ICS 280, Fall 2000: Exponential Algorithms Homework Assignment 1

1. Think of a problem in NP. Describe carefully the input, the possible solutions, and why it is easy to check whether a solution is correct. Specific application-type problems preferred to abstract theory-type ones. If you're feeling uninspired, try the compendium of NP optimization problems or some of the puzzles from my page of complexity theory for games and puzzles.

It's ok if your problem does not meet the strict definition of being in NP, as long as it has the same form: a yes/no problem such that a yes answer means that there is some kind of solution which can be quickly checked for correctness, even though it might be difficult to find the solution.

2. Describe how to translate instances of your problem into instances of one of the problems described in class: constraint satisfaction, maximum independent set, or traveling salesman.

(Note that this is the opposite direction of translation from what you would use to prove your problem NP-complete.)

3. What is (are) the natural measure(s) of problem size for your problem? What size instances does your translation produce, as a function of the input size? If the constraint satisfaction (or maximum independent set) problem takes time c^n to solve, how much time would it take to solve your original problem using this translation and a CSP (or MIS) algorithm?

1. Finding moving patterns in Conway's Game of Life.

Input: numbers W,L,S,P.
Output: "yes" if there exists a pattern that repeats itself P generations after the start, shifted over by S steps, and that fits within a W*L rectangle.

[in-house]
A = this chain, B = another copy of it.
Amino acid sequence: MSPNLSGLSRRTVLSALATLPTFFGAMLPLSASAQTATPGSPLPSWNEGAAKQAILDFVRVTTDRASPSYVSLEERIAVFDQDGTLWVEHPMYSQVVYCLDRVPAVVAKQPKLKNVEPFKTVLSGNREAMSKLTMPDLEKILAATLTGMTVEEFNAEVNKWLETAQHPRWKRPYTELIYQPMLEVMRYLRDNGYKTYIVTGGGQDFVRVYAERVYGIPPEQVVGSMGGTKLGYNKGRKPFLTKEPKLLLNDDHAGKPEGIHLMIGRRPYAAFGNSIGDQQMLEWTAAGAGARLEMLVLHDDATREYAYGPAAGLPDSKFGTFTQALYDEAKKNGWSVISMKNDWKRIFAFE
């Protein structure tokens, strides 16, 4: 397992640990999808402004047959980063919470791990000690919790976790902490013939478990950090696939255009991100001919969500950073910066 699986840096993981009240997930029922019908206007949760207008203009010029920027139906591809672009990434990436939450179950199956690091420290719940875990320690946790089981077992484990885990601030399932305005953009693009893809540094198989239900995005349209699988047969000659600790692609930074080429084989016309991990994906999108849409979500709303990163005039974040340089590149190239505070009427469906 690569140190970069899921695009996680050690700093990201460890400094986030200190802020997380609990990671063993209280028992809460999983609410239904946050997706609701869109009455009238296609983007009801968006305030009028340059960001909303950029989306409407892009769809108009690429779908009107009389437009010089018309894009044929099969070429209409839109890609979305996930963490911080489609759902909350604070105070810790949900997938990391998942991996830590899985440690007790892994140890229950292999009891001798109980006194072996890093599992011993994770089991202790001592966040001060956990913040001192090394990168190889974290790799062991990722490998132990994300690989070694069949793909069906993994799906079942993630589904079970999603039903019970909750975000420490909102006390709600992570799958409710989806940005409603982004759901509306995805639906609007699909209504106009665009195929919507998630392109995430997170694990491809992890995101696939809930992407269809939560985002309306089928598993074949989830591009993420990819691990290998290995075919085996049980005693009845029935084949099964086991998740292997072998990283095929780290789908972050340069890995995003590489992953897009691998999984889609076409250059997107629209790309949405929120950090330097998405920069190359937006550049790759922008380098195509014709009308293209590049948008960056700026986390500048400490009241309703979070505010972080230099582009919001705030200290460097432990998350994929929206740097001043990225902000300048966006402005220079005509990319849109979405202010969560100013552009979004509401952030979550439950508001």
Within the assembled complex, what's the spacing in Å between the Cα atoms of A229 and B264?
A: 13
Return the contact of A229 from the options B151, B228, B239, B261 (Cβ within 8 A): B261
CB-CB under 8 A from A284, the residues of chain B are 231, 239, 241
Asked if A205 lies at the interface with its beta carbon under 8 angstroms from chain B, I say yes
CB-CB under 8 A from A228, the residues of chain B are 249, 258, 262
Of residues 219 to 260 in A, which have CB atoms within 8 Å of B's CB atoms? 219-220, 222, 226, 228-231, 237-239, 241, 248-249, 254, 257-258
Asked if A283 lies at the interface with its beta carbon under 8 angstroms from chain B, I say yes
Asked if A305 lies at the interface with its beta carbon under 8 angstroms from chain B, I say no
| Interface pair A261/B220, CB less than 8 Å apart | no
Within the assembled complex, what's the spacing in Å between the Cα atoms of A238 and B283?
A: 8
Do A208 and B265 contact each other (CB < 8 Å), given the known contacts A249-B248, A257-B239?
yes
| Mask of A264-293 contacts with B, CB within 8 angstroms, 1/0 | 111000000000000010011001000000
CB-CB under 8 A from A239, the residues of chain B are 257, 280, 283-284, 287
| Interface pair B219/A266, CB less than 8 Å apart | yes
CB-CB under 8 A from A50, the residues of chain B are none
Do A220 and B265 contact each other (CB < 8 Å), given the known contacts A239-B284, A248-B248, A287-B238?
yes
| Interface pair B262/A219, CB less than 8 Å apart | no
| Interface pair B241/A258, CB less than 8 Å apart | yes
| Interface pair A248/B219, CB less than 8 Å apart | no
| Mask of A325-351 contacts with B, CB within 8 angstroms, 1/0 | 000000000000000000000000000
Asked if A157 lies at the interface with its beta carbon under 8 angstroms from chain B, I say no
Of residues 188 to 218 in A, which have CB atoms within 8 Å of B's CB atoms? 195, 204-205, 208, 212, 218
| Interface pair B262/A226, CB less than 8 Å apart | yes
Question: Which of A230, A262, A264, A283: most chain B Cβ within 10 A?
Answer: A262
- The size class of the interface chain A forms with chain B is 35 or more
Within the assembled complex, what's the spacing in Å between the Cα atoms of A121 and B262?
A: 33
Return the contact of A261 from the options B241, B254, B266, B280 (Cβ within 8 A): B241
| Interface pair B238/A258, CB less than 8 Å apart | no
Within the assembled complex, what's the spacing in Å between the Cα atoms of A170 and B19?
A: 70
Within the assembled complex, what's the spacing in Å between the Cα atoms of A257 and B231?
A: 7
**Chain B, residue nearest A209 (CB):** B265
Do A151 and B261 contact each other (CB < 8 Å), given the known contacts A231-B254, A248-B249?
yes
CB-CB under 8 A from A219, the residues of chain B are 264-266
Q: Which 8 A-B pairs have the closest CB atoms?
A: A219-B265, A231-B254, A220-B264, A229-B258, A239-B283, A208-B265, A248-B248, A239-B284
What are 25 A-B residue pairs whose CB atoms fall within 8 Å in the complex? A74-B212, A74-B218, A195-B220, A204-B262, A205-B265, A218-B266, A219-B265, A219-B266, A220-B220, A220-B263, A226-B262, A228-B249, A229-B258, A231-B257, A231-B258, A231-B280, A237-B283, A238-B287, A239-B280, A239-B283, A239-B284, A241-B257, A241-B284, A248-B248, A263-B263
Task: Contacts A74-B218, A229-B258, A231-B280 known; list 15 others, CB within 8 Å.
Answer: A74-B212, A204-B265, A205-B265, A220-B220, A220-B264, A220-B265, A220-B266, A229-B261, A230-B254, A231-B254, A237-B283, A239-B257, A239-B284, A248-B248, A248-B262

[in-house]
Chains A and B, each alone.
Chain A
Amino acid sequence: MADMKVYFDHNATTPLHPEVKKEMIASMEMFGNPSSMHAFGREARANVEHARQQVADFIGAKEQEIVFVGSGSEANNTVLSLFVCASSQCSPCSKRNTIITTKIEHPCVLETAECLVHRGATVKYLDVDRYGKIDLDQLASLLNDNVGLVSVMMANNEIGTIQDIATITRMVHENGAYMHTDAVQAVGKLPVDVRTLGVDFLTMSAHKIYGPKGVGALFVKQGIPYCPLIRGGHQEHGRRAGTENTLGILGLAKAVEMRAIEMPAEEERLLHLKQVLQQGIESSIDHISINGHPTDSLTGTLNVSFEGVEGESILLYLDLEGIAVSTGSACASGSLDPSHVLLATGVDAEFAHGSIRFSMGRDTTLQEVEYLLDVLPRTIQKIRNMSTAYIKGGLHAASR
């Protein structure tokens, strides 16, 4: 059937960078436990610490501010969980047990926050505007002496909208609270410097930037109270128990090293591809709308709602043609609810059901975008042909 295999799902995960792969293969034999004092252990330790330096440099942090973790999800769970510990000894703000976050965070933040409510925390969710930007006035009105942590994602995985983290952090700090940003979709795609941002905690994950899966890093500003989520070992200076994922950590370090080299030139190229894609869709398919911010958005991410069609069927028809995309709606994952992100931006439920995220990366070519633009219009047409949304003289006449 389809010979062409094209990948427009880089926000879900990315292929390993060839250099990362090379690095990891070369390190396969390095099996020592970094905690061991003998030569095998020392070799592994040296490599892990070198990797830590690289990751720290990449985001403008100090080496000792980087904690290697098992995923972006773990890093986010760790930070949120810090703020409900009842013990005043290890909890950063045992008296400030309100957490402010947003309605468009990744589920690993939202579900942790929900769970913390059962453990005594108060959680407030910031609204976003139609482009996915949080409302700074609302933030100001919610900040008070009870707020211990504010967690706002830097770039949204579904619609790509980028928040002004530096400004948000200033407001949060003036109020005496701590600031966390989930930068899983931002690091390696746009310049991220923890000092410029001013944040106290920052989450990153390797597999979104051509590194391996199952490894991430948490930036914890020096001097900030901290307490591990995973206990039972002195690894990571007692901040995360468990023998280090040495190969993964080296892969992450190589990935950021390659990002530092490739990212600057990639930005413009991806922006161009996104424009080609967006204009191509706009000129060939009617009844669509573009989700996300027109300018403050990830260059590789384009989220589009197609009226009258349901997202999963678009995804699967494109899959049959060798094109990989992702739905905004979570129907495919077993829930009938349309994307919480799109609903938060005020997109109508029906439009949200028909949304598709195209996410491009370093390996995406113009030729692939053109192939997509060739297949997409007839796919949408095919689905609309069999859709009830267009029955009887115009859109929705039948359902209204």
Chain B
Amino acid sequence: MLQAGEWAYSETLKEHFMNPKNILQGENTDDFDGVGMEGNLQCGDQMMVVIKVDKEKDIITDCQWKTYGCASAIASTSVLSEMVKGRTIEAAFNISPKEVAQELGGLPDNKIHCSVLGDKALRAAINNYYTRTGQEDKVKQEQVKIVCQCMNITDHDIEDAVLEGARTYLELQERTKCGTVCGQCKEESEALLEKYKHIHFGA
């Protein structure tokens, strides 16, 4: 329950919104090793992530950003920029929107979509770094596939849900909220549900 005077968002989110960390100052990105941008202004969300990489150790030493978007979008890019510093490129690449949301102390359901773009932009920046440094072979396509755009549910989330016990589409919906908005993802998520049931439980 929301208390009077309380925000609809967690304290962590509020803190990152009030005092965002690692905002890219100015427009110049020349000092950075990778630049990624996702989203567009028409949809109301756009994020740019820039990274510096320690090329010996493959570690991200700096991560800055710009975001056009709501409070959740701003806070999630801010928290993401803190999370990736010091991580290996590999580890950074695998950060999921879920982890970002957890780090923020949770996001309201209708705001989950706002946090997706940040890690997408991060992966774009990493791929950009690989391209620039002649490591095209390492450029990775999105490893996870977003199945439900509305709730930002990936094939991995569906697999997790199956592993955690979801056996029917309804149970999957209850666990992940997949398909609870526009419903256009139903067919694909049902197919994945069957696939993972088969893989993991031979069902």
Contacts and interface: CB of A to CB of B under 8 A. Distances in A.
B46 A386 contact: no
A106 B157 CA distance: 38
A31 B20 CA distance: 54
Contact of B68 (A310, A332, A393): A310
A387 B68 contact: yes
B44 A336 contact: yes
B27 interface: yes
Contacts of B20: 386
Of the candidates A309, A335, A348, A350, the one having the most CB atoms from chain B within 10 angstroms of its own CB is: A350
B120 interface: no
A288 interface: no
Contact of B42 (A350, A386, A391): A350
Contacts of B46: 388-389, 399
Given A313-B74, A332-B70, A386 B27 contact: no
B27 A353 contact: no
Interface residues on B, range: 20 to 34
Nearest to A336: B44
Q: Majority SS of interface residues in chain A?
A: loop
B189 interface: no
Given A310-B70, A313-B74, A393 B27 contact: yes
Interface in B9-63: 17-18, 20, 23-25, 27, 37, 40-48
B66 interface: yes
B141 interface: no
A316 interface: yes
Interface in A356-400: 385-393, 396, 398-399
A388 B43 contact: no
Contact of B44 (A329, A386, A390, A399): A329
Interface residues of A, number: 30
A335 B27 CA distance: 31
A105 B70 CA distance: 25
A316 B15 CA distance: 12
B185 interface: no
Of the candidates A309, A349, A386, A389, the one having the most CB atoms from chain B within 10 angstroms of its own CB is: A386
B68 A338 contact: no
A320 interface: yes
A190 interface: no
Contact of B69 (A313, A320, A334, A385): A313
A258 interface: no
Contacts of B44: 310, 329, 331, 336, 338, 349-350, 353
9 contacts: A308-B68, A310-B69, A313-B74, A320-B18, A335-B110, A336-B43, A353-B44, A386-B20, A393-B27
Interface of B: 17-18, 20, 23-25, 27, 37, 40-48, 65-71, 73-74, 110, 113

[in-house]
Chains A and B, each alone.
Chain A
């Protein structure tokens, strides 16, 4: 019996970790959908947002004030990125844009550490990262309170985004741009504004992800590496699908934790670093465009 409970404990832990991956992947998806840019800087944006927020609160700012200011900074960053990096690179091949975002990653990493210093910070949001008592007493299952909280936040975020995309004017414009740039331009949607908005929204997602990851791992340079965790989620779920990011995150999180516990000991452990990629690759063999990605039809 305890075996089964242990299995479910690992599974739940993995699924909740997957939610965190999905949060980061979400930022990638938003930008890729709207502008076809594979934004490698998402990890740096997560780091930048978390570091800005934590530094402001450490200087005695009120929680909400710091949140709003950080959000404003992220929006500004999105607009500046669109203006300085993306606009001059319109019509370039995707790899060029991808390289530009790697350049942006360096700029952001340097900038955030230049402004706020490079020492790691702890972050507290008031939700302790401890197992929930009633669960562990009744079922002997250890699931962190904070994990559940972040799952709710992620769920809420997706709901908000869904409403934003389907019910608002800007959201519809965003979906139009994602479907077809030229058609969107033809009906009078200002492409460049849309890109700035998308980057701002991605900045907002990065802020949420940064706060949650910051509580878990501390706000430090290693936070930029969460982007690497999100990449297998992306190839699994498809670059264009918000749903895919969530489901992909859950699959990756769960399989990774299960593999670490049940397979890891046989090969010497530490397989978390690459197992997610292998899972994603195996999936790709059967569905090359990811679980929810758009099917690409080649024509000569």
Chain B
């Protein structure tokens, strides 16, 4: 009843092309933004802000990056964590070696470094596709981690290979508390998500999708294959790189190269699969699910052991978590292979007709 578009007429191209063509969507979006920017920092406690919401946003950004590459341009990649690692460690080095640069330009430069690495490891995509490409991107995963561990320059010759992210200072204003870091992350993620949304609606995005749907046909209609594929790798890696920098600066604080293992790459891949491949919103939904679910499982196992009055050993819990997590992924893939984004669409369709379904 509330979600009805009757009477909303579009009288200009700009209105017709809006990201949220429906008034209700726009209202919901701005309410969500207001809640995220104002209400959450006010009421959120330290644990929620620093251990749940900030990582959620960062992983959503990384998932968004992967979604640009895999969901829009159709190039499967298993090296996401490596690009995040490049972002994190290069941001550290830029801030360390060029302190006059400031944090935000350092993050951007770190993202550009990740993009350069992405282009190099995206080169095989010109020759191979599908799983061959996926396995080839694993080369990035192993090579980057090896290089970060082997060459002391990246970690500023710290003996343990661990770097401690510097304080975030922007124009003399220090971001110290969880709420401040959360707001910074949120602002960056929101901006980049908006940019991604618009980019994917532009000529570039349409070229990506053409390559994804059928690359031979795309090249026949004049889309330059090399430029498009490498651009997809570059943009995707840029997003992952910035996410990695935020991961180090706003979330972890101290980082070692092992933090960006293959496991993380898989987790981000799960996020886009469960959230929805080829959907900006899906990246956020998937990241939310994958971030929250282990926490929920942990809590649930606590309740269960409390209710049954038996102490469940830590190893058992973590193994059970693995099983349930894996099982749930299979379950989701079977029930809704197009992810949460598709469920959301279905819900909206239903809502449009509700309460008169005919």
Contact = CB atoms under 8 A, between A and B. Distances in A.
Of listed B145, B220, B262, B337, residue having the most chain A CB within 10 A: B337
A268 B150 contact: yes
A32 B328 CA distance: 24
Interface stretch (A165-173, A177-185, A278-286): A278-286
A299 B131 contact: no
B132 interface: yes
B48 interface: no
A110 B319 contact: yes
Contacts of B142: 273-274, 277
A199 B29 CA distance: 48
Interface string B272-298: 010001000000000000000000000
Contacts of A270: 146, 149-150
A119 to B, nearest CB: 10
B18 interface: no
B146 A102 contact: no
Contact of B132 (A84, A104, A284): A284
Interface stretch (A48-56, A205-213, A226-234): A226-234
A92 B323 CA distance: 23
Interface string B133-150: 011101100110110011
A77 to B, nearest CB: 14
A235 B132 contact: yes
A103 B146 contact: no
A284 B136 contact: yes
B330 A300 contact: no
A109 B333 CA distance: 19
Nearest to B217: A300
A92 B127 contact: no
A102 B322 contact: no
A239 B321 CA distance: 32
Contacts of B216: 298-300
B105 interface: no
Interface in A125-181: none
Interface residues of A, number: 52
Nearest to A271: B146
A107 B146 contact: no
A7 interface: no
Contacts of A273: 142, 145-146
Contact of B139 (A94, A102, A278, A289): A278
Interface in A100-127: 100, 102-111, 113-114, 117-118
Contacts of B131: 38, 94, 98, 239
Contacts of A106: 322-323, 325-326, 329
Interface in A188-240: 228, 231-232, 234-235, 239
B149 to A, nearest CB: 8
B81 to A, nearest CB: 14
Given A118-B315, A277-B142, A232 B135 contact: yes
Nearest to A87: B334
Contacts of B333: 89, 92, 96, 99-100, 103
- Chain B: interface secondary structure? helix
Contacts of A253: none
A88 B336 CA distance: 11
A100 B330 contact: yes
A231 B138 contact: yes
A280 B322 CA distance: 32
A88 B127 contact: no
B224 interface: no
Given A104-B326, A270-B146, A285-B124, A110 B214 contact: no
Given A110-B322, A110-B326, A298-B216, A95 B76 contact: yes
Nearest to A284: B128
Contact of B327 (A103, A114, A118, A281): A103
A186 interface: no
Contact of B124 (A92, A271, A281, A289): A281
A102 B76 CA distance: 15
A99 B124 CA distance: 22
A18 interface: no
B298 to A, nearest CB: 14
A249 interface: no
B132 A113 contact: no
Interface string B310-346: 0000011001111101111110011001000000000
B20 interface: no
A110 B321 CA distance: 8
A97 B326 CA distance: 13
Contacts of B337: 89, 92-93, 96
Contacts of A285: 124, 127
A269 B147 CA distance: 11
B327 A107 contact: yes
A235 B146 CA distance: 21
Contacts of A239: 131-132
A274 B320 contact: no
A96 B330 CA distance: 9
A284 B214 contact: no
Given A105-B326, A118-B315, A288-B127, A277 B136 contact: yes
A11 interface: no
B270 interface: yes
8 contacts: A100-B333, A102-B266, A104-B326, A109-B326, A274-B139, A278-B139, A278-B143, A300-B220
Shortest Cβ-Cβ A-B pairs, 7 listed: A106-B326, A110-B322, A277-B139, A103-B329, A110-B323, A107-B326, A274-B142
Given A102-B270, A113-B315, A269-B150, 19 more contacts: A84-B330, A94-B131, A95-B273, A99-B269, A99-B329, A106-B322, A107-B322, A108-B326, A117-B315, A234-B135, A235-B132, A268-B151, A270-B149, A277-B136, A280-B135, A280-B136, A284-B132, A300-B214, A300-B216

To check a solution, simply compute the evolution of the pattern for P steps, and compare the result with a shifted copy of the original pattern. (This problem is not actually in NP, because the input size is so small that even writing down a solution is exponential in the input size.)

2. We translate to an instance of CSP.

Form a binary variable for each pair (c,t), where c is a cell in the W*L rectangle and t is a time step from 0 to P-1. Form a constraint for each such variable, saying that the variable should match the result of evolving the nine neighboring cells in time step (t-1), or (if t=0) that it should match the result of evolving the nine cells surrounding the point S steps away from its position in step P-1. Also add one more constraint, that at least one cell is nonempty.

3. The natural measures are simply the numbers W, L, and P. The translated CSP has W*L*P variables, so the time would be c^{W*L*P}.

Due by email Monday, Oct. 9, 11:59PM.

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